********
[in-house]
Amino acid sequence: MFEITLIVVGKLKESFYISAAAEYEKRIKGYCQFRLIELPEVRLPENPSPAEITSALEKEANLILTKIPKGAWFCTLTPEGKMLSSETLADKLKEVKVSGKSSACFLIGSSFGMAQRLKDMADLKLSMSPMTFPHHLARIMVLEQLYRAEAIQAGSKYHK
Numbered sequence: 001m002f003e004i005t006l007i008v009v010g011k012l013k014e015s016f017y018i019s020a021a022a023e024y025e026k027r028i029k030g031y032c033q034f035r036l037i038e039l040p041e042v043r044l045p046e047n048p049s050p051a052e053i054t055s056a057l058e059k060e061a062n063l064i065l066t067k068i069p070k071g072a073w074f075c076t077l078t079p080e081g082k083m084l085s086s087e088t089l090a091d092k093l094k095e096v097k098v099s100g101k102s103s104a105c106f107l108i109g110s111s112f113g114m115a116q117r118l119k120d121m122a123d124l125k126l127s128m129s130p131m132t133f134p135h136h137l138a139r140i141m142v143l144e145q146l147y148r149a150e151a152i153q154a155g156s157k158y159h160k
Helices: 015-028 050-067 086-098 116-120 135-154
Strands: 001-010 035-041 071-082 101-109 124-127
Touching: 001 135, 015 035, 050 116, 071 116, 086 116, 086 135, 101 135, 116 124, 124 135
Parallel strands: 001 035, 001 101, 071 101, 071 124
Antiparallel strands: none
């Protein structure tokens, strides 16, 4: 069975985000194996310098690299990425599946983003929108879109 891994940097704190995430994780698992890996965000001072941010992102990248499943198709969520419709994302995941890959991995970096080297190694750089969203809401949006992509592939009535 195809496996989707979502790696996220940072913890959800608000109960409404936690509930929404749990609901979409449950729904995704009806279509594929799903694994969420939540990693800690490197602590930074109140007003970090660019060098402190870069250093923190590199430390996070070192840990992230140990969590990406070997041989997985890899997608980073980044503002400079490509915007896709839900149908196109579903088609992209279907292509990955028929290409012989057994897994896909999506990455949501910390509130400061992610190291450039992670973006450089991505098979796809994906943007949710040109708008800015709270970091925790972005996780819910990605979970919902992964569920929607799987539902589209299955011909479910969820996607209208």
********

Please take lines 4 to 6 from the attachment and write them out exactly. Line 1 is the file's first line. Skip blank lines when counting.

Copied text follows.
Helices: 015-028 050-067 086-098 116-120 135-154
Strands: 001-010 035-041 071-082 101-109 124-127
Touching: 001 135, 015 035, 050 116, 071 116, 086 116, 086 135, 101 135, 116 124, 124 135